Fig. 3.
Fig. 3.

Transplanted adult NPCs enhance remyelination of the injured spinal cord. Confocal images of longitudinal sections of injured spinal cord 8 weeks after NPC transplantation (A–G) and graph (H). A–C: A demyelinated area in injured spinal cord grafted with YFP-NPCs (green) displays a robust expression of MBP (red) in white matter. Cell bodies of donor cells are surrounded with MBP. D and E: Images taken by deconvolution confocal microscopy confirm the axonal ensheathment of MBP-expressing YFP-NPCs around the injured axons. F and G: The NPC-transplanted group showed more extensive oligodendrocyte-myelinated profiles in the area that was occupied by YFP-NPCs. The presence of YFP-NPCs was confirmed by fluorescence microscopy in the adjacent sections. H: Myelin index measurements showed a significant increase in myelin ratio in the NPC-transplanted group compared with nontransplanted control injured animals, indicating enhanced remyelination by NPC-derived oligodendrocytes. Collectively, these findings suggest the remyelinating ability of adult NPCs for the repair of SCI (Karimi-Abdolrezaee S, Eftekharpour E, Wang J, Morshead CM, Fehlings MG: Delayed transplantation of adult neural stem cells promotes remyelination and functional recovery after spinal cord injury. J Neurosci 26:3377–3389, 2006. Copyright 2006 by the Society for Neuroscience).

Fig. 4.
Fig. 4.

Myelination of the dysmyelinated spinal cord axons of shiverer mice by NPC transplantation improves axonal conduction. After NPC transplantation, robust expression of MBP was observed in shiverer spinal cords in the area occupied by NPCs (A–C) as shown on MBP staining. The transplanted adult NPCs differentiate to typical oligodendrocytes, ensheath and myelinate several axons in their vicinity (D), and form nodes of Ranvier (E). Electron microscopic images confirm lack of compact myelin in nontransplanted specimen (F). At 6–8 weeks after transplantation many myelinated axons were observed in transplanted segments of spinal cord axons (G) containing multilayered compact myelin (H and I). In vivo electrophysiological assessment of transplanted shiverer (shi) spinal cord revealed improved conductive properties in transplanted spinal cord segments (J–L) (Eftekharpour E, Karimi-Abdolrezaee S, Wang J, El Beheiry H, Morshead C, Fehlings MG: Myelination of congenitally dysmyelinated spinal cord axons by adult neural precursor cells results in formation of nodes of Ranvier and improved axonal conduction. J Neurosci 27:3416–3428, 2007. Copyright 2007 by the Society for Neuroscience).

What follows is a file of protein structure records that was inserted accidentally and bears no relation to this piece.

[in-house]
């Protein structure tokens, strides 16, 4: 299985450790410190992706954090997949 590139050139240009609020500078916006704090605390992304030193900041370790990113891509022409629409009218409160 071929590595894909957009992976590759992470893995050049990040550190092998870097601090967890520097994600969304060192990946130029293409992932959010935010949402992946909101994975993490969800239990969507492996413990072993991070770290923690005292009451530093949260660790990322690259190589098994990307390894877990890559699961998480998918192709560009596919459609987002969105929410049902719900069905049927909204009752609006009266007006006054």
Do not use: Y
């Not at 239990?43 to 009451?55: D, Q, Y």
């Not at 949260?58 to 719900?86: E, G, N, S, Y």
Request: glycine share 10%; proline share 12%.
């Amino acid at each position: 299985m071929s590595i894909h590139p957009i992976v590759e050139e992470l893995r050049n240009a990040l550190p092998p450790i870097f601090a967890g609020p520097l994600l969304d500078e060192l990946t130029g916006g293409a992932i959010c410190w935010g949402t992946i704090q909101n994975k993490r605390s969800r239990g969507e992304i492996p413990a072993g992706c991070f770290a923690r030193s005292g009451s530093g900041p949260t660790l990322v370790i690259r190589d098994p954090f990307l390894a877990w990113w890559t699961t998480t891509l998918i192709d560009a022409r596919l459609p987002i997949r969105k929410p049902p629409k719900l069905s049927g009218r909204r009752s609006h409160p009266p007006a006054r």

Myelin is critical to the precise molecular organization of axons. The nodal distribution of Na+ channels, paranodal preference of contactin-associated protein, and juxtapara-nodal adherence of K+ channels is closely related to myelin and is disrupted following demyelination. To examine the remyelinating potential of adult NPCs, we used shiverer mice because their lack of myelin makes them an excellent model to study the biological effect of myelin on axonal molecular architecture. With adult NPC transplantation in this model, we showed a significant improvement in the molecular organization of axons and in particular in the restoration of the nodes of Ranvier (Fig. 5). Similar observations have been reported in experimentally induced demyelination in which glial cells are temporarily killed using cytotoxic agents and x-ray irradiation.87 However, the potential contribution of endogenous myelinating cells in these models cannot be ruled out unless mutant dysmyelinated models such as neonatal myelindeficient rats102 or shiverer mice35 are used. Beneficial structural and functional effects of neural stem cells in genetic mutant models indicate that long-term molecular abnormalities can be successfully reversed in the adult dysmyelinated CNS axons.

Fig. 5.
Fig. 5.

Myelination of the dysmyelinated spinal cord axons of shiverer mice restores the axonal molecular structure. The effect of myelin on axonal molecular architecture was confirmed in shiverer mice. In shiverer mice Kv1.2 immunostaining (red) is abnormally distributed along the axonal internodes (A– C); however, Na+ clusters were observed as nodal aggregates (blue). Six weeks after adult NPC transplantation, spinal cord segments of shiverer mice showed restoration of Kv1.2 subunit clusters (D–F). The YFP-positive processes of transplanted adult NPCs were observed in close association with axons containing restored K+ channel aggregates forming node-like structures (G). (Eftekharpour E, Karimi-Abdolrezaee S, Wang J, El Beheiry H, Morshead C, Fehlings MG: Myelination of congenitally dysmyelinated spinal cord axons by adult neural precursor cells results in formation of nodes of Ranvier and improved axonal conduction. J Neurosci 27:3416–3428, 2007. Copyright 2007 by the Society for Neuroscience).